Let’s capture the value for Idaho in Kristin Armstrong’s gold
Published: August 1,2012
Earlier this summer I wrote about the business reasoning for sending Kristin Armstrong to the Olympic Games. And although she was only weeks removed from a devastating crash and broken collarbone, USA Cycling ultimately did just that and sent Armstrong to London.
She made it emphatically clear on Aug. 1 that the sport’s governing body made the right decision. Armstrong won her second Olympic gold medal in convincing, heartwarming fashion. She even convinced strict Olympic officials to let her carry son Lucas onto the Olympic medal podium.
In my last column I suggested that such moments presented rich potential for a sport desperate to attract more female participants. Armstrong is a successful woman pushing 40 who is trying to balance a demanding career with the stresses of motherhood. In other words, she is the perfect spokeswoman for a sport and an industry trying to reach that critical demographic.
But what about others who are involved with this week’s victory? What about the state she calls home? What about Armstrong herself?
Disclaimer: I know Kristin and her husband Joe and consider them friends. However, I have not spoken with them about this topic.
Let’s examine the strategic advantages.
First, Armstrong is well-spoken, personable, attractive and someone who understands the power of a good narrative. Those qualities combined with her track record of success make her an ideal person to sell almost any brand.
Second, she is fiercely loyal to Boise and to Idaho in a way that could, arguably, be considered a key to her success. She represents our culture of independence, dedication and deep appreciation for this place, which is so important to the culture of Idaho’s communities.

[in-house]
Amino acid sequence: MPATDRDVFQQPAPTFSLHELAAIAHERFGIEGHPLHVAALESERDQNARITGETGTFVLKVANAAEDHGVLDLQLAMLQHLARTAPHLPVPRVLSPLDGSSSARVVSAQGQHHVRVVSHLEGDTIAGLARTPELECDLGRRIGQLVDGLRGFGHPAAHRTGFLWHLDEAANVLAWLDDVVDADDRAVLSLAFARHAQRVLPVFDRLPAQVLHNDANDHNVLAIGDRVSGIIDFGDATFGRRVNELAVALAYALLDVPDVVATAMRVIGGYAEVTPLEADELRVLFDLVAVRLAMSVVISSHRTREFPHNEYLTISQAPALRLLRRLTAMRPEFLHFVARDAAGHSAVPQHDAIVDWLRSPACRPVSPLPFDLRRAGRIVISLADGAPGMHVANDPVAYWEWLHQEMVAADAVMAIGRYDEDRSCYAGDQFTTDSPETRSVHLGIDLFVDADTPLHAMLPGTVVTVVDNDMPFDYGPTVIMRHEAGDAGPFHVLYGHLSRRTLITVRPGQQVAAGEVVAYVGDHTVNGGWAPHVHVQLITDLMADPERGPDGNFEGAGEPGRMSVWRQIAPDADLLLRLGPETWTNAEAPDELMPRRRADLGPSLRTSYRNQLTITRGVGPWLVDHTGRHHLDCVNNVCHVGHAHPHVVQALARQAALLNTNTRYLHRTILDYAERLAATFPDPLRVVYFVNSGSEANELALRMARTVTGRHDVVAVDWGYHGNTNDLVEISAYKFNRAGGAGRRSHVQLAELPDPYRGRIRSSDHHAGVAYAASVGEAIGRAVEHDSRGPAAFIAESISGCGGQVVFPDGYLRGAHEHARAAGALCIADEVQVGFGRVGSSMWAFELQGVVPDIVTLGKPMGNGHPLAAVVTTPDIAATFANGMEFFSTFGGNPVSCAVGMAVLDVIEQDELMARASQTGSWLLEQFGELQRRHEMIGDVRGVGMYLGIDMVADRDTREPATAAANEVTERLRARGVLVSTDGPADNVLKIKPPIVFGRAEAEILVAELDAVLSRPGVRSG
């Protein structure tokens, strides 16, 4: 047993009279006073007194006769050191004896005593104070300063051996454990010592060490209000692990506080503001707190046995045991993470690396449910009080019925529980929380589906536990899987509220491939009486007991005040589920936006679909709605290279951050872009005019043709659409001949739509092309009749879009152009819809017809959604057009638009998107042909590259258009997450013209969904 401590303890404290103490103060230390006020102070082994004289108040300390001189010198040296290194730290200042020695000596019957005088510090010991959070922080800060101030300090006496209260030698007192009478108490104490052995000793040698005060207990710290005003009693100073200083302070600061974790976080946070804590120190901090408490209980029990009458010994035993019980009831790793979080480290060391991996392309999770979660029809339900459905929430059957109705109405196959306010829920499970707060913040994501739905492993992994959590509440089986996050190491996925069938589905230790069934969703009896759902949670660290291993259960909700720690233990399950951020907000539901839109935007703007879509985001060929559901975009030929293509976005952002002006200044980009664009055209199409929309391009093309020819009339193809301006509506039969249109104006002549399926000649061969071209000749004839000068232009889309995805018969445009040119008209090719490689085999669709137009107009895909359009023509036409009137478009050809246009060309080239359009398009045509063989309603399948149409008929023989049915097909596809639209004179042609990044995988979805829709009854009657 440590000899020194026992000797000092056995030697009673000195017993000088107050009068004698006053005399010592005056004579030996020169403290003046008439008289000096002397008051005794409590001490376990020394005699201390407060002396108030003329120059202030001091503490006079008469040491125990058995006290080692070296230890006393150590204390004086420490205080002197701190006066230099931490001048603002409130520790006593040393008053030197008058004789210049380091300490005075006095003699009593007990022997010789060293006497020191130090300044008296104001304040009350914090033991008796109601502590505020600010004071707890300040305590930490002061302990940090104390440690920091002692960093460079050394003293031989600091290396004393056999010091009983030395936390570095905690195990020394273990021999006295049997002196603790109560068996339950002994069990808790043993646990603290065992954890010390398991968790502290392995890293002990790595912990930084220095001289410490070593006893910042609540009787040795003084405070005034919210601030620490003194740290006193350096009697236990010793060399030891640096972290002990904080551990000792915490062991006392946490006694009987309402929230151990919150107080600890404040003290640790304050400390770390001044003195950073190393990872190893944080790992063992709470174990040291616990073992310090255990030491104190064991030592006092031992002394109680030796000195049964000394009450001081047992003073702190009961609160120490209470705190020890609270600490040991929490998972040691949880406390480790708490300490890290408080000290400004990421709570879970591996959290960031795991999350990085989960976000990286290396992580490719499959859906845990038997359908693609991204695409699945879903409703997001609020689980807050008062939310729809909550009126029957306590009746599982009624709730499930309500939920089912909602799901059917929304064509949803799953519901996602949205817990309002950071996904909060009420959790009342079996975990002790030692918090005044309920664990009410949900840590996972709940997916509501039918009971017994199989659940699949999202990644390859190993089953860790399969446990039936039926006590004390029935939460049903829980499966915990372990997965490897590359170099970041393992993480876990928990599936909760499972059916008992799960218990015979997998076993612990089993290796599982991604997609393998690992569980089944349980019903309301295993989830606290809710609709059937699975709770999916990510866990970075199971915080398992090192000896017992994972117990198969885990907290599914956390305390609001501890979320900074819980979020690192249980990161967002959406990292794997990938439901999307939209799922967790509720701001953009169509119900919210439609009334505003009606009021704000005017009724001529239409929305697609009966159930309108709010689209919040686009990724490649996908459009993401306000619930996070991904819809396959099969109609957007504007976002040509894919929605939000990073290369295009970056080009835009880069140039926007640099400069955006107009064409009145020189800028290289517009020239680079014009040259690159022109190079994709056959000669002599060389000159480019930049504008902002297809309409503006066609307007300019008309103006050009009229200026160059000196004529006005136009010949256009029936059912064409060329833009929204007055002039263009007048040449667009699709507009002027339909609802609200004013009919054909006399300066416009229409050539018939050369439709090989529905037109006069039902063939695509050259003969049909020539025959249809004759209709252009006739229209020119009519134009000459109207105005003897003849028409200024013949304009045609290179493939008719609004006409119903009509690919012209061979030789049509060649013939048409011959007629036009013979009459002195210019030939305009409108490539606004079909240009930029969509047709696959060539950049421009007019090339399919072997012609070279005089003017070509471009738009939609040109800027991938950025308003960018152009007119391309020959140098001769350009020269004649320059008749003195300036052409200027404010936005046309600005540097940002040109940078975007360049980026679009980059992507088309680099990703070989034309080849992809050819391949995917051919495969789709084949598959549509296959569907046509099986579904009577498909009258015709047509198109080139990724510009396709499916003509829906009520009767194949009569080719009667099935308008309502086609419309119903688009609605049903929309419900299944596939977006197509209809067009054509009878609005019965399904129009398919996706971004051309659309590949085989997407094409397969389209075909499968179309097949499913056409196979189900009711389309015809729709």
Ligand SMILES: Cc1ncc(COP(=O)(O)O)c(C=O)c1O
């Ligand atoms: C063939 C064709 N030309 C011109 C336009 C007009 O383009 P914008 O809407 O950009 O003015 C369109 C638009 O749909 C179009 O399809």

Third, she is beloved. Her commitment to institutions like the Boise Family YMCA and to events like the kids’ race at the Boise Twilight Criterium, along with a polished, unblemished personal brand have made her a celebrity in the best sense of the word.
After Armstrong’s win, Boise Mayor David Bieter said to a local television station that he had already given Armstrong the key to the city and would have to think hard about how to top it.
Here’s my suggestion: Don’t try to top it. Instead of looking at Armstrong as a champion athlete to be celebrated, look at her as another Simplot, another Albertsons, another Scentsy. She is an Idaho institution. And like the best Idaho institutions, she is completely committed to our state and to its communities.
Our state and the Treasure Valley in particular are woven into Armstrong and her success. We are a part of her story and she a part of ours. It is the kind of interdependence that, in the business world, allows two brands to work together for even better success. Think Microsoft and PCs, McDonald’s and Coca-Cola, or Facebook and Instagram.
Idaho and Kristin Armstrong need to partner in the same way. Our state should work with her to spread the message that this quality of life so critical to her success can be important to others.
Whether it’s out-of-state businesses thinking about relocating, prospective students for our universities or a foreign country looking to increase trade with our state, they should hear from Kristin Armstrong.
But we need to move fast. Armstrong is an amazing brand. She won’t be on the market long.
John Foster is co-founder of Kestrel West, a Boise-based public affairs firm specializing in lobbying, crisis communications and strategic campaigns. He has worked as a political operative, newspaper editor, investigative journalist and elite athlete. You can read his blog at ReadingTheRace.com or email him at email@example.com.